Cerritos professors take public office

Laura Chau

Cerritos College’s very own will soon take public office, hoping to better serve the communities they live in.

Biology instructor Connie Boardman and music instructor Gary Pritchard have recently won a seat in public office.

After legal troubles and a recall, both Boardman and Pritchard wish to better speak for the people in their communities.

Having previously served a term as mayor of Huntington Beach in 2003, Boardman is now ready to represent the people of Huntington Beach for the next four years.

“I am very excited to, once again, be able to represent the people of Huntington Beach,” Boardman said of her election.

Boardman’s motivation to run for the city council comes after Huntington Beach’s recent legal troubles.

“I was motivated to run again because I don’t believe the current council was doing a good job of representing the people of the city. There are four different citizen groups suing the city over four projects in four different areas of the city,” Boardman stated.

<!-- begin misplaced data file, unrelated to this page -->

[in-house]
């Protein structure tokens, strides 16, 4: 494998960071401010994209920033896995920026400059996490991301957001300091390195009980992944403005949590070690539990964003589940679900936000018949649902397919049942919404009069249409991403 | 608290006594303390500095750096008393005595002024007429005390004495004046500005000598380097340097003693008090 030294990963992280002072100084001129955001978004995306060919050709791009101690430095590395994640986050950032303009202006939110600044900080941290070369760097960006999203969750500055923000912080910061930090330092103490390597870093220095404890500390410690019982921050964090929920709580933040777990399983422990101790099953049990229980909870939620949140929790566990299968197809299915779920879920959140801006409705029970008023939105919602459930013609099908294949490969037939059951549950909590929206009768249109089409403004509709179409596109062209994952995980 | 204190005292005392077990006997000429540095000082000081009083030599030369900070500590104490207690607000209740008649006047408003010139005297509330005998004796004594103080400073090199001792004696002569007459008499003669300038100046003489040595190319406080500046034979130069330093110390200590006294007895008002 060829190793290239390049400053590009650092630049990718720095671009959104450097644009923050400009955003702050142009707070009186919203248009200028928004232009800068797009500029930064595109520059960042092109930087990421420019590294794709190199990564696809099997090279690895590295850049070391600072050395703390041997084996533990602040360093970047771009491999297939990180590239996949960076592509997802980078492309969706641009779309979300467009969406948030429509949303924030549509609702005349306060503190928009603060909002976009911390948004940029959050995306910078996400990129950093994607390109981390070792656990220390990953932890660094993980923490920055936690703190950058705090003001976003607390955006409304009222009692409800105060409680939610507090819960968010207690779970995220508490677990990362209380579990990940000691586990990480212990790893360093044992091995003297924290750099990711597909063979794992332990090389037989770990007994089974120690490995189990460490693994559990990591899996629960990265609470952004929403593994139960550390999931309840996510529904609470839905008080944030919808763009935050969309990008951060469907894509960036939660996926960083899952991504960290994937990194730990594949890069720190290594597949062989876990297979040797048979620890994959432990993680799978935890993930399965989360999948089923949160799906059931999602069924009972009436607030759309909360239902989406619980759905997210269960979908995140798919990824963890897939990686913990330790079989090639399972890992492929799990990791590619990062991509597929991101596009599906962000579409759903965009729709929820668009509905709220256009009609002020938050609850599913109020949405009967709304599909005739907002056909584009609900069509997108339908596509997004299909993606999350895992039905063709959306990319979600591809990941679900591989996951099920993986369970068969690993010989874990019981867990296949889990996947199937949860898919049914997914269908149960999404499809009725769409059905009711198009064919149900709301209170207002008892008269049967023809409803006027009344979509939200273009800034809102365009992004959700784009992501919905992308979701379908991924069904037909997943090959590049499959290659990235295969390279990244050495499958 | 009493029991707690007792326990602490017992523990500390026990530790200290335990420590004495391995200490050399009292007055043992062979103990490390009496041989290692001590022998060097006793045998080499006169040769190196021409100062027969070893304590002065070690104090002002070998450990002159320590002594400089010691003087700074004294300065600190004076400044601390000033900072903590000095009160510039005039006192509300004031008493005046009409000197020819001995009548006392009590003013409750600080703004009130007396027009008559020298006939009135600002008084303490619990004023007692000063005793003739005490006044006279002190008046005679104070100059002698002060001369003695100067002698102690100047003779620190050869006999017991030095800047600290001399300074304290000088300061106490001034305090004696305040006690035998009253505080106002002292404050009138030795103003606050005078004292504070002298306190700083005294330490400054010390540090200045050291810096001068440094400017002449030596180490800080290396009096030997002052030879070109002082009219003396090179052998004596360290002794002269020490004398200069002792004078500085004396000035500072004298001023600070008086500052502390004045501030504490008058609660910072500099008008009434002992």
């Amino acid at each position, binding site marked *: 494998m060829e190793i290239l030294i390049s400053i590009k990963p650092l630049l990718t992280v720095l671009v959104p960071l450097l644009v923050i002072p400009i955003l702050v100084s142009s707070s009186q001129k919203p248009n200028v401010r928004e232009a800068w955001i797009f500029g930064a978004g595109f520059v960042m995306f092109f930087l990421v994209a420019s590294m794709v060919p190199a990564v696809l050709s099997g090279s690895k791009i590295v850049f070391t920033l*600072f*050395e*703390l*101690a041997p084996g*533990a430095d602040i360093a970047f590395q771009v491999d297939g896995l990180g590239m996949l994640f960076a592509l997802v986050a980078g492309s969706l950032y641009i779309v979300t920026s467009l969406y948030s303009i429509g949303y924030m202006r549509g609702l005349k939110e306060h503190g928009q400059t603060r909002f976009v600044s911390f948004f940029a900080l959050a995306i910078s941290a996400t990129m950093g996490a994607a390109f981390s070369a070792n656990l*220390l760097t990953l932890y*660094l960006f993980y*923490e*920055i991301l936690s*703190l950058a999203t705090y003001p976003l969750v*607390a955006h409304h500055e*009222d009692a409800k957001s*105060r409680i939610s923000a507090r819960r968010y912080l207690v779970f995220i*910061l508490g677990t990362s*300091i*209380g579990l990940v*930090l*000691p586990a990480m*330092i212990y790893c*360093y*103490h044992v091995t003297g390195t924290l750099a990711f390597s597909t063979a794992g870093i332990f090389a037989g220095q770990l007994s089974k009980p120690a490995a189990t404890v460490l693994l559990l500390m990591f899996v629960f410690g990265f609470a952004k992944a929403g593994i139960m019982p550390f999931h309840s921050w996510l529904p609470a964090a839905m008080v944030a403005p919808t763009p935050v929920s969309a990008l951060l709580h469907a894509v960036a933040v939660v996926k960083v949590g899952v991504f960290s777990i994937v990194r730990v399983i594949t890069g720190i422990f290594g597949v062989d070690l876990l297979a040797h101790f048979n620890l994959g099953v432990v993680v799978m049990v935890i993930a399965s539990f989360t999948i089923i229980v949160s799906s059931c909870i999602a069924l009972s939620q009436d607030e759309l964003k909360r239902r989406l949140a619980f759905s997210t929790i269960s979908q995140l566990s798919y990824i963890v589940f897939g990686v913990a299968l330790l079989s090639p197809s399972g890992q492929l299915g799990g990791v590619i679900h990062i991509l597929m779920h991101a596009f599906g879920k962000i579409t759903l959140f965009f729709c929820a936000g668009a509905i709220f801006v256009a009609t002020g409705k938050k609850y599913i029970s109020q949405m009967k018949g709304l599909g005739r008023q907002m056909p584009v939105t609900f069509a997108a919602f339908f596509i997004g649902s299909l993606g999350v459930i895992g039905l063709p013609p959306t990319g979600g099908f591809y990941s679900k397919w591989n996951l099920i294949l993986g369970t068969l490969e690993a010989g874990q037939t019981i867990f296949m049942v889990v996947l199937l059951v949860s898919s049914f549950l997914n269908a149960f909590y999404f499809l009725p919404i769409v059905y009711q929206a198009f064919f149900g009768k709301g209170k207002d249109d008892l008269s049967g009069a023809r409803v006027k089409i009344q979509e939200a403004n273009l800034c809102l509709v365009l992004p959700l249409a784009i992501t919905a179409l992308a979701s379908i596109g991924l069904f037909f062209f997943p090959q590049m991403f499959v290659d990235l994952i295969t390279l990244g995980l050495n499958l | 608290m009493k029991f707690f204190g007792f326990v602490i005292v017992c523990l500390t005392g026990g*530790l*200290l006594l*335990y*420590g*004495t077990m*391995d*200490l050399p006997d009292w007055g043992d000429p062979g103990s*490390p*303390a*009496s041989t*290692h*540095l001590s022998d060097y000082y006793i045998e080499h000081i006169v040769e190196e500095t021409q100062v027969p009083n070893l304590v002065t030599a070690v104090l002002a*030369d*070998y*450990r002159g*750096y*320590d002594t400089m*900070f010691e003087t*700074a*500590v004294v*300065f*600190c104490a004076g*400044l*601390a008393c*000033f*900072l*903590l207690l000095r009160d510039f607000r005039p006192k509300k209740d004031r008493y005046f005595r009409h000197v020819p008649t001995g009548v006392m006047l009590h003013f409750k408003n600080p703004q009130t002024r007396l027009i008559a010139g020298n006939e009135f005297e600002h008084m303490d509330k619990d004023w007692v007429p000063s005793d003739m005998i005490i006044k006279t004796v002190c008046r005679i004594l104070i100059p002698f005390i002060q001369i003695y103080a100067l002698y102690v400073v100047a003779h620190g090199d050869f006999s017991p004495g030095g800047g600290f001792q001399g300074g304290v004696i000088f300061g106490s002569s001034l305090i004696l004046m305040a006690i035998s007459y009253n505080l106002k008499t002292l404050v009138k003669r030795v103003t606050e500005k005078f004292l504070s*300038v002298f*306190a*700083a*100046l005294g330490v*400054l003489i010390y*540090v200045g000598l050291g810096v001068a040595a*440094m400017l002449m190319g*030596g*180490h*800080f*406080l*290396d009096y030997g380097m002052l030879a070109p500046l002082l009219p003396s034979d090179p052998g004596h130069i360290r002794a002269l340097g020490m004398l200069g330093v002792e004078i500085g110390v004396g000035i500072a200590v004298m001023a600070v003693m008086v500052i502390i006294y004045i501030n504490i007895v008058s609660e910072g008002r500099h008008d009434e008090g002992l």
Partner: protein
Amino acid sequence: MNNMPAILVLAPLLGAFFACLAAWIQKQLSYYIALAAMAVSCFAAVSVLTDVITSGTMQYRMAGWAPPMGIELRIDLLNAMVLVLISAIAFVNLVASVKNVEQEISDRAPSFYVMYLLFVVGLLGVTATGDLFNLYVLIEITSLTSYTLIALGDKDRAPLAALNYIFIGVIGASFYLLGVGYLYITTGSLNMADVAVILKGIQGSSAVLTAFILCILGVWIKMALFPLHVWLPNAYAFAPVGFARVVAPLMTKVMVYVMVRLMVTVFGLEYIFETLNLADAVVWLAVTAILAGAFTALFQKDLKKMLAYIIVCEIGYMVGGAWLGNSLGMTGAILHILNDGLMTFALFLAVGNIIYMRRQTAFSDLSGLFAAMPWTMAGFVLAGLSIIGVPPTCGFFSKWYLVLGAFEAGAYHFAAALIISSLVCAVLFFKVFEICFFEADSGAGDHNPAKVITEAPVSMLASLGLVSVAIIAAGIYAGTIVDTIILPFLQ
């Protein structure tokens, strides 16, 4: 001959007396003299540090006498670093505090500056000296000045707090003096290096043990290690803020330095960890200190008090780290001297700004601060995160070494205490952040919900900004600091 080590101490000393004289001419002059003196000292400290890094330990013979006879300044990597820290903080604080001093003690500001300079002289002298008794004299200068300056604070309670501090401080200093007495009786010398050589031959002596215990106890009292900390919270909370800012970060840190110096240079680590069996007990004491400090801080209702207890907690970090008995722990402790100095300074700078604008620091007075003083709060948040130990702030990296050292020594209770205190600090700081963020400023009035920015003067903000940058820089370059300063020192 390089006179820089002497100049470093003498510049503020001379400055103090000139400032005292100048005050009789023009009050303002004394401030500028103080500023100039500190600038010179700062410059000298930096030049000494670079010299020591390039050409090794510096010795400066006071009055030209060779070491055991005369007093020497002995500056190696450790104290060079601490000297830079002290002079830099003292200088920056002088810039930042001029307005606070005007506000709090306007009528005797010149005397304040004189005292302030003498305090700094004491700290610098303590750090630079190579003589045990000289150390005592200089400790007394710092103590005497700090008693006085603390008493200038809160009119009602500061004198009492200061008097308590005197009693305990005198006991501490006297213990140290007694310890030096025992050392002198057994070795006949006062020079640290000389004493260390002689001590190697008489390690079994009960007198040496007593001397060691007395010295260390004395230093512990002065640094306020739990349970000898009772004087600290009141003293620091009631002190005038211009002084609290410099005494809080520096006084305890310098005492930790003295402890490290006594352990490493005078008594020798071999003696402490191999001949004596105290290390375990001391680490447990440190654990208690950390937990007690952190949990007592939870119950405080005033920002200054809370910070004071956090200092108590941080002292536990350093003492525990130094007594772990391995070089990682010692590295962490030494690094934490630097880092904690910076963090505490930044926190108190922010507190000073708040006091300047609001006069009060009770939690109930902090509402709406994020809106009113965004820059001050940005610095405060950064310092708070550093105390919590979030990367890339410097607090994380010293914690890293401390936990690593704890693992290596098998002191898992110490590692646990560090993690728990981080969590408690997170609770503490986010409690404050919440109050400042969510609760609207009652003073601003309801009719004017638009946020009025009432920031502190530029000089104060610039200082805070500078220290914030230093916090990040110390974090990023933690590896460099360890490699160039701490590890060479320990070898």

Her decision was sparked after the city violated the Bolsa Chica Land Trust, which was aimed at buying, restoring and preserving parts of the Bolsa Chica mesa.

Despite public outcry, the board still voted 11-1 for the construction of homes at Bolsa Chica.

Pritchard is also about to take office in hopes of doing better by his community.

The Capistrano Unified School District is going through its third governmental recall in five years. The Parents for Local Control was behind the latest recall, accusing members of the school board of corruption.

Pritchard is set to replace Ken Lopez-Maddox and Mike Winsten, who are being accused of misappropriating funds.

With a seat on the Capistrano Unified School District, Pritchard will replace one of the re¬called trustees and will finish the remaining two years of his term.

“I wanted to affect positive change in my community. As a life-long educator, I believe the best way to make our communities better is to focus on educating our children,” Pritchard stated.

Despite no previous experience on a school board, Pritchard plans to use his community college teaching experience to help students prepare for their careers.

“I bring an understanding of how to align career and college readiness in secondary education with the community college system,” Pritchard said.

Both professors are set to take office within the next month and are hopeful to make a valuable impact in their cities.